Pastor's Desk Notes

March 14, 2021

Dear Brothers and Sisters in Christ,

In the last few weeks, we have reflected on what it means to repent and believe in the Gospel. To repent means to turn from sin and toward God. Turning to God means that we are ad orientem, oriented to a relationship with the Lord that involves the whole person, body and soul. Prayer enables us to make the interior turn, lifting up our hearts and minds to God. Fasting is the bodily discipline that reminds us our posture ad orientem is both an inner movement toward the Lord and a physical act. Prayer and fasting together draw us deeper into union with God, and it is through this relationship that we are led back out of ourselves. Almsgiving becomes the fruit of our reorientation of life to God.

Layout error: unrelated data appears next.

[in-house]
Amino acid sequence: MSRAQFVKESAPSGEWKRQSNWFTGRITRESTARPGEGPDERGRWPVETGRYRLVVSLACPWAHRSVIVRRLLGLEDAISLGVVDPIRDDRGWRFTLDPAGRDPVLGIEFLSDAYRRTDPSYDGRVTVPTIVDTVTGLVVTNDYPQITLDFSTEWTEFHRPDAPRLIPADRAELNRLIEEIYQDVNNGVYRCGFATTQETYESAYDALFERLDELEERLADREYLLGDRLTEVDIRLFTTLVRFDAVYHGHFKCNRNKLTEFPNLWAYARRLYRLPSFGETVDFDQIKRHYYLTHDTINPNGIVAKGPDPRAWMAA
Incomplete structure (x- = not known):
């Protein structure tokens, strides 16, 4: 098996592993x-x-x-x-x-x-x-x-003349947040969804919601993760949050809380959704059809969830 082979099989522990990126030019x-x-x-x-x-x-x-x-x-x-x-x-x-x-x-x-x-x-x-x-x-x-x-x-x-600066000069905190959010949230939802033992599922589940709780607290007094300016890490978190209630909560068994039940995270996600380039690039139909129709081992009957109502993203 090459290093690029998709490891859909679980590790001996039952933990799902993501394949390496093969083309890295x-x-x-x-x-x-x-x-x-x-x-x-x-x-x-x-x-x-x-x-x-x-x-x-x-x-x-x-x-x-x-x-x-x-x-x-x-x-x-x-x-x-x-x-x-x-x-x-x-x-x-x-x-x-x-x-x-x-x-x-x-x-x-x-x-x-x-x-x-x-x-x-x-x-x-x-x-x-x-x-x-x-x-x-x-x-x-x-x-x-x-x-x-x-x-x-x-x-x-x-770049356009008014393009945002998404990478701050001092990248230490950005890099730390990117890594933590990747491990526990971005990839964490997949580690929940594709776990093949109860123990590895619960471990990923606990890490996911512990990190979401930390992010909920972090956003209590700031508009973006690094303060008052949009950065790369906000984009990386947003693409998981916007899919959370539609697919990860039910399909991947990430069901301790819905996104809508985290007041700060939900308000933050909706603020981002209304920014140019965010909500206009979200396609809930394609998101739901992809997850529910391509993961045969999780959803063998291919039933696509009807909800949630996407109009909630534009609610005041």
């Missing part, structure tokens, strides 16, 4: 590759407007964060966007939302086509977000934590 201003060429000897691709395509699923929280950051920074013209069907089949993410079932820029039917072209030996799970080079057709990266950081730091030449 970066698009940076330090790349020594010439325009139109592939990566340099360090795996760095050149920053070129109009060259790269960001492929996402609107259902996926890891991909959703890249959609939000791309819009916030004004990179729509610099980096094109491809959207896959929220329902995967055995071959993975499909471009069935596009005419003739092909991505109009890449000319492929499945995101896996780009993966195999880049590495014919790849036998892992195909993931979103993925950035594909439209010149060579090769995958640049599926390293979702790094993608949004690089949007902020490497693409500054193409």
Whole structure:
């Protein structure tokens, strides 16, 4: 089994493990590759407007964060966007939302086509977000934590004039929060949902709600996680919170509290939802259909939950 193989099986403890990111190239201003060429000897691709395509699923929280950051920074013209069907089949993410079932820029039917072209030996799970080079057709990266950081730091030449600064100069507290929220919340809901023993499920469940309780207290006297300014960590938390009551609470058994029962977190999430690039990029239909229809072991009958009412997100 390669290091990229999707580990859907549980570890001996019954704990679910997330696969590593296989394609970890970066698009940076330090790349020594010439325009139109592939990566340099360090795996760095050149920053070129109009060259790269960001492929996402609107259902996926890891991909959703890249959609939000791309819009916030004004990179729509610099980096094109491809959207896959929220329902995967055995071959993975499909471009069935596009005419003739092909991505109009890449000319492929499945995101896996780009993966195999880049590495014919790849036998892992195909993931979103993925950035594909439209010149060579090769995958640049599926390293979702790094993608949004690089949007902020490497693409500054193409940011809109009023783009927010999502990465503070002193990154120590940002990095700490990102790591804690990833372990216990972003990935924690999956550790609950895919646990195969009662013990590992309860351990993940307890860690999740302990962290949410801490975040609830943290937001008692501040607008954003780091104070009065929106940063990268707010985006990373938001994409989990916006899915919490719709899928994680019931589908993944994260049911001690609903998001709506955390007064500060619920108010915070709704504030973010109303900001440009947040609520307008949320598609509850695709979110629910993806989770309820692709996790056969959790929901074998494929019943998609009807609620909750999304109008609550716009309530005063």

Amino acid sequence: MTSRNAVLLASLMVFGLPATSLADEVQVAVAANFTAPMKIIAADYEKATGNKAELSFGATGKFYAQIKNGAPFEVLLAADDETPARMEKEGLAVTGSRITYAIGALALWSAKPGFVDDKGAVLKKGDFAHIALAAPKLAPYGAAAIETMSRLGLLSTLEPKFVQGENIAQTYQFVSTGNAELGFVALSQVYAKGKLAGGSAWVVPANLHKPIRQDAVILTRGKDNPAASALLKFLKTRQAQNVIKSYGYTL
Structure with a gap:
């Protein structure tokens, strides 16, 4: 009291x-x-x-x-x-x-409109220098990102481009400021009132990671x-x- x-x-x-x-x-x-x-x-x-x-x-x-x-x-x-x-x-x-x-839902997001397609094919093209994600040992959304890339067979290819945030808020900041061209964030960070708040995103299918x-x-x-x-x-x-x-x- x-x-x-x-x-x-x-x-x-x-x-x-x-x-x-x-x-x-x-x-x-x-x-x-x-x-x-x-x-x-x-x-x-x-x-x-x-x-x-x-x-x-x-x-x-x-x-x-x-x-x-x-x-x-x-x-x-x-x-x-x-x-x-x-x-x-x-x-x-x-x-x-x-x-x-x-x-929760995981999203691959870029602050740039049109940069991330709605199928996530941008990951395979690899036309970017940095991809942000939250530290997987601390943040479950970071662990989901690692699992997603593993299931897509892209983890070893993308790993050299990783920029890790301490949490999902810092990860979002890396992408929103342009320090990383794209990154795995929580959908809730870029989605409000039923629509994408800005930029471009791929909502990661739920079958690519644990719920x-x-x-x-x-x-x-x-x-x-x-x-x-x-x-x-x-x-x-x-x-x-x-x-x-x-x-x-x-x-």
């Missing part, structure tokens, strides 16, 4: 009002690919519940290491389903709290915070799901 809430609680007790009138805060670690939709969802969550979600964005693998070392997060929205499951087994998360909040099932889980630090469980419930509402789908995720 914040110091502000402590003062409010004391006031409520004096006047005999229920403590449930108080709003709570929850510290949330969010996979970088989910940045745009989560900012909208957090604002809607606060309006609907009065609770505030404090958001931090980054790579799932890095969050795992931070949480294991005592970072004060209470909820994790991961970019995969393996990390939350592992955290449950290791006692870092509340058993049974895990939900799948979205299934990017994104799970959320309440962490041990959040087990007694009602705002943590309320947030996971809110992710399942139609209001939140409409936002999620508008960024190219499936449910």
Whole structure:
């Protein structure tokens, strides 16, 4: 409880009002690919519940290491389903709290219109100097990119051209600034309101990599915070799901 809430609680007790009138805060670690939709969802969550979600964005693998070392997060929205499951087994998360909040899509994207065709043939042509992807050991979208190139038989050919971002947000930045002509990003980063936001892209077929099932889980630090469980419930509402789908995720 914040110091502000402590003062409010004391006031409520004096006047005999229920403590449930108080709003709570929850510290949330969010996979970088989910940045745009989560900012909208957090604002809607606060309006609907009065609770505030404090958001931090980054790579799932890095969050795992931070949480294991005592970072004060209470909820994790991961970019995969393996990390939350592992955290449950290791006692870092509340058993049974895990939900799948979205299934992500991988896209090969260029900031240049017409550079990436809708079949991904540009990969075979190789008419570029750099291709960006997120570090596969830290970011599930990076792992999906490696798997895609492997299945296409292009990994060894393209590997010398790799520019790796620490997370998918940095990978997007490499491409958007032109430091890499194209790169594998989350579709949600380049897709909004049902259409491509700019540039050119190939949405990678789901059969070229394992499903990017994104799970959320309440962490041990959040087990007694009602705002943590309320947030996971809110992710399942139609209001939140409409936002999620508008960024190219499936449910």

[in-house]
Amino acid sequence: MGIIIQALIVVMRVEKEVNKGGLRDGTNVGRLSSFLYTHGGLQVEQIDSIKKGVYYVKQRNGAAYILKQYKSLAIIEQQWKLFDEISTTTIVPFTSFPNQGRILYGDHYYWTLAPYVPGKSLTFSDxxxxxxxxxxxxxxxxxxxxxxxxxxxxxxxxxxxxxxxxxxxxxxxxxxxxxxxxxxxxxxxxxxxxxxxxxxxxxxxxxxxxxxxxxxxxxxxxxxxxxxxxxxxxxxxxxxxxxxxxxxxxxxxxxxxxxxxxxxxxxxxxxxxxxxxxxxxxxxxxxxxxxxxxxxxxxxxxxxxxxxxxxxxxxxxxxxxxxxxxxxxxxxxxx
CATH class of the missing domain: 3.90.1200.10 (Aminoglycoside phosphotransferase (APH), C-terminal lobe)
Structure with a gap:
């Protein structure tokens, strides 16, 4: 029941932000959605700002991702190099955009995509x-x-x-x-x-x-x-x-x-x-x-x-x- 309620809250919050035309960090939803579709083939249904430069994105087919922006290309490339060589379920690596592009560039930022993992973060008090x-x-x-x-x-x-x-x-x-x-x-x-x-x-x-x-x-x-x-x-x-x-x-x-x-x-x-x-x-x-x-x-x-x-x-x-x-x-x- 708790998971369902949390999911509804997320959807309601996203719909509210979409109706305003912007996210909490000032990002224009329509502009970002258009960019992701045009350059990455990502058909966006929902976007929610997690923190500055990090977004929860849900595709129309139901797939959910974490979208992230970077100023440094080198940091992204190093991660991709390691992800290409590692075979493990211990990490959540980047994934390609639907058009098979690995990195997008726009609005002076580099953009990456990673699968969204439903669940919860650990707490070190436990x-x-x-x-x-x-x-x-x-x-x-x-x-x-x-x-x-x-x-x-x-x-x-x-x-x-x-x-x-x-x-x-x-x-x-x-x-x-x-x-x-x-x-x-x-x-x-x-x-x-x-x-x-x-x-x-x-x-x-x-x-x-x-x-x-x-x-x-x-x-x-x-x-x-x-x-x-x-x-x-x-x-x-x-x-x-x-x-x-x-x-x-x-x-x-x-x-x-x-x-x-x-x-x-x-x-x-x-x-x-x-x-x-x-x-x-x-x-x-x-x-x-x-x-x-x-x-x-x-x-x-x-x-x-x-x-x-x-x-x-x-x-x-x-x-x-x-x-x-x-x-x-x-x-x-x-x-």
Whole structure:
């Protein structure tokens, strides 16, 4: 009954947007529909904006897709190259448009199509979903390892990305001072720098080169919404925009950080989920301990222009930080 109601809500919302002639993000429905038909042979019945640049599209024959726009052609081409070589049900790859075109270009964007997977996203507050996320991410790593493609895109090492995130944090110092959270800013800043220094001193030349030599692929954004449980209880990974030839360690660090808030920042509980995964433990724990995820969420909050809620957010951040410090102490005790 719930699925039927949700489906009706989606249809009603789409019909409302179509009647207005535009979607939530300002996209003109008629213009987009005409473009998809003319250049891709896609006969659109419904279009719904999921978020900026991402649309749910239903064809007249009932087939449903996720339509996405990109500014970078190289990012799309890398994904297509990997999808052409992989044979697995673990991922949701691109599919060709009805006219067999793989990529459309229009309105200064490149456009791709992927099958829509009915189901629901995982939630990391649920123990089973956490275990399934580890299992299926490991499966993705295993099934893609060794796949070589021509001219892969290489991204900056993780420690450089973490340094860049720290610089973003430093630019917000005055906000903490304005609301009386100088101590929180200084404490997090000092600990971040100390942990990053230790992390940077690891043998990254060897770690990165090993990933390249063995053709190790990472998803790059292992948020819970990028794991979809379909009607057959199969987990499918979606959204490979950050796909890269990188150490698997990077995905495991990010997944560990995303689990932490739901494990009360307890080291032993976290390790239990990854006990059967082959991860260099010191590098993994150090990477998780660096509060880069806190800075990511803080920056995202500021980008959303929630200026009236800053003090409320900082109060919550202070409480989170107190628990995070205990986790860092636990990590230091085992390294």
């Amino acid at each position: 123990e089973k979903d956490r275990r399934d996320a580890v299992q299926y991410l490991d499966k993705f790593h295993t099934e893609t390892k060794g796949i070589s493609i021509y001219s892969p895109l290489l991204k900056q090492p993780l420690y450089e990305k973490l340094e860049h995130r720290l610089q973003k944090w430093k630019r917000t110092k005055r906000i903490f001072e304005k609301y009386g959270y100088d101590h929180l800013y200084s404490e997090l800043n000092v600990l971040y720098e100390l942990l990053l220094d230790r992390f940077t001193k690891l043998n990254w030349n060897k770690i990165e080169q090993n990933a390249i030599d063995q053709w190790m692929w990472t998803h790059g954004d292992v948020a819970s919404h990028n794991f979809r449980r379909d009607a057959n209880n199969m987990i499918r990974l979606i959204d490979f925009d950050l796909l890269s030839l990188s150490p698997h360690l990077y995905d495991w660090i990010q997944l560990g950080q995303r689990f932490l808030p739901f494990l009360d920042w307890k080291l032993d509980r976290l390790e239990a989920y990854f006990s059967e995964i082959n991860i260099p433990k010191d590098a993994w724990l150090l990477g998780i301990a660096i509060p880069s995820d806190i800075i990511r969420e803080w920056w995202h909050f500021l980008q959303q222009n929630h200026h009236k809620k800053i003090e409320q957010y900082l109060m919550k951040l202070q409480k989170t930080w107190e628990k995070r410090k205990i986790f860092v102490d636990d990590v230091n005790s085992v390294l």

Among the many benefits of the discipline of fasting, the sense of solidarity with those who suffer is especially strong. During a fast, we become more aware of our own creature comforts and more sensitive to the needs of others. The reality of hunger, poverty, isolation, illness, and so many other sufferings comes to mind, making fasting a catalyst for prayer not only for our own needs, but for those of the whole world. Solidarity with the poor and vulnerable is a hallmark of the Christian life. And so our prayer and fasting leads us to act on that solidarity. From time immemorial, this action is seen in almsgiving. Properly speaking, almsgiving means giving to the poor. This practice fulfills countless Biblical exhortations to care for the poor, needy, and vulnerable in our midst. The law commanded the Israelites to provide for the needs of the destitute among them, whether a blood relation, neighbor, or alien living among them. To be mindful of the poor is praised in Proverbs and is named as an attribute of God in the Psalms. Giving to the poor is called “blessed” throughout Scripture. The law even commanded that the harvest not be taken in full, to the edges of the field. Rather, some was to be left so that the poor and needy could come and find something – the glean – with which they could provide for themselves and their families. Jesus takes up the same idea repeatedly in the Gospels. His call to give to the poor is not made to the great powers of the world, but rather is directed at His followers. For example, when the disciples ask Him to send the crowd away to buy food for themselves, Jesus tells the Twelve to “give them something to eat yourselves.” The responsibility to care for the poor, as taught in the Old Testament law and affirmed by Jesus, extends to every single person. From the earliest days of the Church, as evidenced in the Acts of the Apostles and by St. Paul, it has been understood that the Christian community corporately, and every Christian individually, has a responsibility to help provide for the needs of the poor. In almsgiving, our hearts and lives, because they have been turned toward God by our repentance, our prayer, and our fasting, are now expanded to see the needs of others. In so doing, we fulfill God’s plan. To live according to God’s law and will is to be oriented toward His love, to live in a relationship with Him, and to remain in His grace all our days.